Posted:3 years ago

#12

Jamie Watson
Studying Bachelor of Games & Interactive Entertainment

179 0 0.0
the industry needs more developers like peter, people who a willingness and a vision to go about what they believe in no matter what people say.

As for time frames yes developers need more time to put out my polished games (lets be honest the current crop of games been released arnt as good as they could of been due to short and restricted timelines etc)

Posted:3 years ago

#13

Andreas Gschwari
Senior Games Designer

558 607 1.1
I have to say that for me it started to go downhill with Fable 2. 2 and 3 both contain so many gameplay elements that feel random and tacked on, rather than thought out. It is quite obvious that these were good ideas, that the team felt should be implemented because they were new and looked great on paper, but they had no real impact on the game at all and the development of these elements probably took away time from polishing the core experience.

The problem with promising the moon on a stick, and aiming to deliver, is that often sight is lost about whats really important in the game. In fable 3 there was no real point to ruling bad or evil. In fable 2 the combat system was balanced in a way that maximising one ability or spell early on, meant you could breeze through it. Marriage had little point or impact, other than novelty. The entire sequence on the island as a prisoner was a bit pointless, other than to show how the team changed the world as time passed. All that effort could have gone into making the core experience more fun and less repetitive.

Having said that, all Fable games show great things and, overall, are enjoyable games. I think what Mr. M said about knowing ahead of time what they want to deliver will help.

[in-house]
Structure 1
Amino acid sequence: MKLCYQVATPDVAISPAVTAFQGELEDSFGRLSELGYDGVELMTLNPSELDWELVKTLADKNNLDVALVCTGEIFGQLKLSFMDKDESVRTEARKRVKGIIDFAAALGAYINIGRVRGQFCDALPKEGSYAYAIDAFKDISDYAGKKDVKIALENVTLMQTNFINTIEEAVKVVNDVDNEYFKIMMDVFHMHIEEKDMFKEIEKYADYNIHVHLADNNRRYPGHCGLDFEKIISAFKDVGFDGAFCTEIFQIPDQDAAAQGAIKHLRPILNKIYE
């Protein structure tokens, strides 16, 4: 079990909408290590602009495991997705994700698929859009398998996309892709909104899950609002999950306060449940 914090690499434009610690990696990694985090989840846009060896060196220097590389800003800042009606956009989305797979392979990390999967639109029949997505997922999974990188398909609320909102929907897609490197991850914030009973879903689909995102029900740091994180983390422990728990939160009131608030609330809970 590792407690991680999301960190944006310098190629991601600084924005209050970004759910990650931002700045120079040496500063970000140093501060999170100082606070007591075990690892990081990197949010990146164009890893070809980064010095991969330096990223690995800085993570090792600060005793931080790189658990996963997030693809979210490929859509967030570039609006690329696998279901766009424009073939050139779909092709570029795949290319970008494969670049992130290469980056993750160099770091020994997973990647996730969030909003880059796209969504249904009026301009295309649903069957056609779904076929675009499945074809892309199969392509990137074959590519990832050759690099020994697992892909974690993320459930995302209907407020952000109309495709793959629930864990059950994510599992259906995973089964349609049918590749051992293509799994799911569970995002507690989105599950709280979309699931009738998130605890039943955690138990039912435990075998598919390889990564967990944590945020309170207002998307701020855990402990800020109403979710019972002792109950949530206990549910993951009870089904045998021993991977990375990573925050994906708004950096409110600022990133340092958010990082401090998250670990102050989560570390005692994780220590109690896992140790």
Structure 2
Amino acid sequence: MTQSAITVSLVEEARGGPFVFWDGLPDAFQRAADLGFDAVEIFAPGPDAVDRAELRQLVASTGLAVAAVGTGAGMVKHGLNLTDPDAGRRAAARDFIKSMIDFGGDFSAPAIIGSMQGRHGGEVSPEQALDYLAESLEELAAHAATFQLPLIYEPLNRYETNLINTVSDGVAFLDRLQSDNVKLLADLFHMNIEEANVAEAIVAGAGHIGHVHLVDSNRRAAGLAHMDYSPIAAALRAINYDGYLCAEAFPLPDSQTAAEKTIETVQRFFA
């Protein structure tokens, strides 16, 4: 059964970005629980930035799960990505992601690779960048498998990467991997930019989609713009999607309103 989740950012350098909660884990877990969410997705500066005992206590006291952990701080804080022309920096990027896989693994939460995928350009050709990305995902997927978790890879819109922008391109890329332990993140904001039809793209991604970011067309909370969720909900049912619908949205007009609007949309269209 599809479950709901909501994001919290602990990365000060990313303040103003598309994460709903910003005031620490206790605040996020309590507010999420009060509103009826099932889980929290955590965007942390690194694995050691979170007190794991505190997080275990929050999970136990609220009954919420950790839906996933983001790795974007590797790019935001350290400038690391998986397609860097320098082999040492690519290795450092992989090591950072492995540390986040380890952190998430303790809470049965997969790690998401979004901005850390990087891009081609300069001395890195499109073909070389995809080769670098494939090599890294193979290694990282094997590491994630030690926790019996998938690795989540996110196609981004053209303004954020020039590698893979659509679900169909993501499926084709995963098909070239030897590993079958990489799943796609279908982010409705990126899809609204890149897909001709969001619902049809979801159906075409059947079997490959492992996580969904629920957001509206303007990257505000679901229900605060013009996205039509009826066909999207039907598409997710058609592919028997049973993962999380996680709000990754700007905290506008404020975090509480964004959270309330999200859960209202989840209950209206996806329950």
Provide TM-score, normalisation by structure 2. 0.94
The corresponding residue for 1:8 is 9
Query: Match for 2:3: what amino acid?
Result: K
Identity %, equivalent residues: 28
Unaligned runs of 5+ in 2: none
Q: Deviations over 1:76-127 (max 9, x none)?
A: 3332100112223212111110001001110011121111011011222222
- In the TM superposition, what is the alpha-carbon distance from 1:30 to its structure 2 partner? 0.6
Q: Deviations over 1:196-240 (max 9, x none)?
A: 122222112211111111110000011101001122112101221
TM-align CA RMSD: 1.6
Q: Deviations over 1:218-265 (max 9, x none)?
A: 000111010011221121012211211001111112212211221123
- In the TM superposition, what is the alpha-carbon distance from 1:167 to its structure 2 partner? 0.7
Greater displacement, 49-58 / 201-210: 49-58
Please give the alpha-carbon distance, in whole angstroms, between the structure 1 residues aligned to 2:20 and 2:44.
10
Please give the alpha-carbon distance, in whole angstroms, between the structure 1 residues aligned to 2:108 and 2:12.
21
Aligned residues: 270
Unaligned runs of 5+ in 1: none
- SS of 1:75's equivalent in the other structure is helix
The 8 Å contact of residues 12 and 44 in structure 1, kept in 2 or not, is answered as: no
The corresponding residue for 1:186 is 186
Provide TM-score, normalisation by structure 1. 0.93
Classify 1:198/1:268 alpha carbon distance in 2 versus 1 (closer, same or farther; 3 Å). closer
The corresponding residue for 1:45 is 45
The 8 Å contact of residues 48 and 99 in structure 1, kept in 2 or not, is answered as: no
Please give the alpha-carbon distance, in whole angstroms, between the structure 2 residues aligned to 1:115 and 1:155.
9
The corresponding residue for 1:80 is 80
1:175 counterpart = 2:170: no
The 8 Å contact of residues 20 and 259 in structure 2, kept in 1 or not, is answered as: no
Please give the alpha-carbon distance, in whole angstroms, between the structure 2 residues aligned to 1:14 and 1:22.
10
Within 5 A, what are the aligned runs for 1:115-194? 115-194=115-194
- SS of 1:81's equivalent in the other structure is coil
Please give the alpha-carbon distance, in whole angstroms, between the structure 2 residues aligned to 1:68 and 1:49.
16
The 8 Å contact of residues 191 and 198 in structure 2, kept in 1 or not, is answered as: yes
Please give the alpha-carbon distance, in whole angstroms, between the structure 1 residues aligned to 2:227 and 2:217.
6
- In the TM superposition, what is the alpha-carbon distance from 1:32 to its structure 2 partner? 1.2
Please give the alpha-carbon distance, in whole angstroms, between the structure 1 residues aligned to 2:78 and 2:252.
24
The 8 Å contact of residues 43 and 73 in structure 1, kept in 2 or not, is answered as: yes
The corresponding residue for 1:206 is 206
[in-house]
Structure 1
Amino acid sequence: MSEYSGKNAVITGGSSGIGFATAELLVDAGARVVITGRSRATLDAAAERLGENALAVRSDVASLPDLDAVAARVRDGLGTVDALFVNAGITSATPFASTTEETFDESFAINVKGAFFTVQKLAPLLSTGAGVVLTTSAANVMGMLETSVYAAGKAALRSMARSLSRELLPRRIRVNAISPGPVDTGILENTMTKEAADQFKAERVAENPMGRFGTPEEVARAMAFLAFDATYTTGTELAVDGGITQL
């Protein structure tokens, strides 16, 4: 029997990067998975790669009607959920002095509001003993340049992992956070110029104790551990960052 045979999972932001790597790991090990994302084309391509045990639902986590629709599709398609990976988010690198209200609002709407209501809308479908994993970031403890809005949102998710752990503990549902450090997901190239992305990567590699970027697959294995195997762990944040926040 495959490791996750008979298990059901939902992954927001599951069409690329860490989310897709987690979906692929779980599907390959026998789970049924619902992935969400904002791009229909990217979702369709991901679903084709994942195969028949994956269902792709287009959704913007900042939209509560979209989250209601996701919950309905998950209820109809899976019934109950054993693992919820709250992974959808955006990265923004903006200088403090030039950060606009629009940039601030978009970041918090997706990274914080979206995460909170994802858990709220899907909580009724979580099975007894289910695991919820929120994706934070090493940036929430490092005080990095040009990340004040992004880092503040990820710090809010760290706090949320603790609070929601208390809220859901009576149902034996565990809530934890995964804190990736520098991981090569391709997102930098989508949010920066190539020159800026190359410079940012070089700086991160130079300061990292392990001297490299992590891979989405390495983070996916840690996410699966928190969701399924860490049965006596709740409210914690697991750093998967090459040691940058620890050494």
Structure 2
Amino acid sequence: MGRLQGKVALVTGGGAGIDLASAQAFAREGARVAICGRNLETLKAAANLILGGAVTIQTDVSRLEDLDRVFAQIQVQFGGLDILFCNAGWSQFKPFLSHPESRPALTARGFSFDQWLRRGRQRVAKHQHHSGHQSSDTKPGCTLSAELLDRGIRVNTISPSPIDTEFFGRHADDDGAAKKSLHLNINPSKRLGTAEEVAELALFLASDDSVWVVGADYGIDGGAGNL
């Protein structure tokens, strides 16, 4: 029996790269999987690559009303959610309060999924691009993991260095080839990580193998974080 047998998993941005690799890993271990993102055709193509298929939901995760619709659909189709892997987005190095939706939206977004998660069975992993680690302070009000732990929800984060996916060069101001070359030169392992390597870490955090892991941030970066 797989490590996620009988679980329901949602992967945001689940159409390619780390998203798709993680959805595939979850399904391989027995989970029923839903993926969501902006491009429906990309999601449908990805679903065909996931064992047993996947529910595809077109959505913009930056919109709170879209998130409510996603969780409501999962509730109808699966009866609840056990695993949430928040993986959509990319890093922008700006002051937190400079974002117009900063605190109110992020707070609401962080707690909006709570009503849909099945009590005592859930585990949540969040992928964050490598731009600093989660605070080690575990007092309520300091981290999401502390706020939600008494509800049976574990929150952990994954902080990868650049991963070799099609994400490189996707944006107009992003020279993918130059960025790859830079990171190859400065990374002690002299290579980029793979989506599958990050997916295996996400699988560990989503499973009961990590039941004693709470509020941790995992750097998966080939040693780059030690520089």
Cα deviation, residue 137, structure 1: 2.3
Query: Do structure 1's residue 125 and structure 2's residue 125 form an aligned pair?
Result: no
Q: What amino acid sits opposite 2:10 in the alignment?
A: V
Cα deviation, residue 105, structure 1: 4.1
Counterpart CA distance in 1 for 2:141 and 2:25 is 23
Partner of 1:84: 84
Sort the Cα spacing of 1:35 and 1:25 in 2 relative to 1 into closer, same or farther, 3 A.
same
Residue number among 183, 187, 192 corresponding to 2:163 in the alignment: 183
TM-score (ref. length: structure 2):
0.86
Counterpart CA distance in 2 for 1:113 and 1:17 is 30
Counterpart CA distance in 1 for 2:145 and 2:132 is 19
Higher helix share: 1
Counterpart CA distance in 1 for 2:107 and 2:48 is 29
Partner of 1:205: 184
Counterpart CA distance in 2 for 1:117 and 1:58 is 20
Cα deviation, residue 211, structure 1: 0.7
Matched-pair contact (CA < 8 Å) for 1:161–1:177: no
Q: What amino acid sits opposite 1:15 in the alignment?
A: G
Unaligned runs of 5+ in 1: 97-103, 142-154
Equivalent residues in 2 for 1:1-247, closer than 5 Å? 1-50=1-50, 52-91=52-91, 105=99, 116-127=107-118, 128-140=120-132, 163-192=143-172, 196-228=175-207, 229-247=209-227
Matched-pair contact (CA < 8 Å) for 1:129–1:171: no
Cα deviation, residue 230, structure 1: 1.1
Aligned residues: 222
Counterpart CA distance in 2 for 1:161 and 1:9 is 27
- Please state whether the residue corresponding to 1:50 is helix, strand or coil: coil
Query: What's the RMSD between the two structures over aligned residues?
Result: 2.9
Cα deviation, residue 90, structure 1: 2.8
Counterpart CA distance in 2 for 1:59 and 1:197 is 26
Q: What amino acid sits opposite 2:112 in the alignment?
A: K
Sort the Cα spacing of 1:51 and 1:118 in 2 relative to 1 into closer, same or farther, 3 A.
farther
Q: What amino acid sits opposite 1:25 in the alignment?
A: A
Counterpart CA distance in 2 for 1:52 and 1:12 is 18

Posted:3 years ago

#14
I think from Fable 2 and 3 onwards, there were really some great ideas but these were not maximised or followed through for its utmost potential. And in finality, the game needed polishing to iron out any imbalances (to prevent any flaws from being jarring in counterbalance to the great ideas) for a overall continuous fable experience.

Posted:3 years ago

#15

Kingman Cheng
Illustrator and Animator

952 180 0.2
I agree, Fable 3 had a lot of good ideas and improvements but to me it just didn't improve the overall experience becaus a lot of other aspects let it down too much for me.

Posted:3 years ago

#16
Sometimes, when you add too many changes in one go, it just becomes one big noise.
The harder thing was probably to remove every new idea to its bare essentials, that on its own, would it be considered a fable experience. story. gameplay. sound package + 2 max new changes (apple strategy ftw - just add enough new features that compell the folks to buy it)

Posted:3 years ago

#17

Saadat Ali
Flash Games Developer

7 0 0.0
I kind of disliked Fable2 but still played it through. But I simply hated Fable3 and couldn't stand it more than 10 mins. Haven't tried it again since. It just feels so outdated and fable2.1

Posted:3 years ago

#18

Terence Gage
Freelance writer

1,288 120 0.1
I do like his passion, but it does feel like after every release Peter Molyneux apologises for this or that feature or aspect which weren't up to scratch, and then goes on to say how things will change and lessons will be learned (before the process repeats itself).

Isn't he head of MGS Europe? Perhaps it should have been communicated to the top management that 2 years on a project as broad and ambitious as Fable III wasn't enough time; it might have made no difference, but if anyone could have negotiated a longer development cycle, Peter could have.

Anyway, would love to see Lionhead move on to a new franchise - perhaps either B.C. or something altogether new.

Posted:3 years ago

#19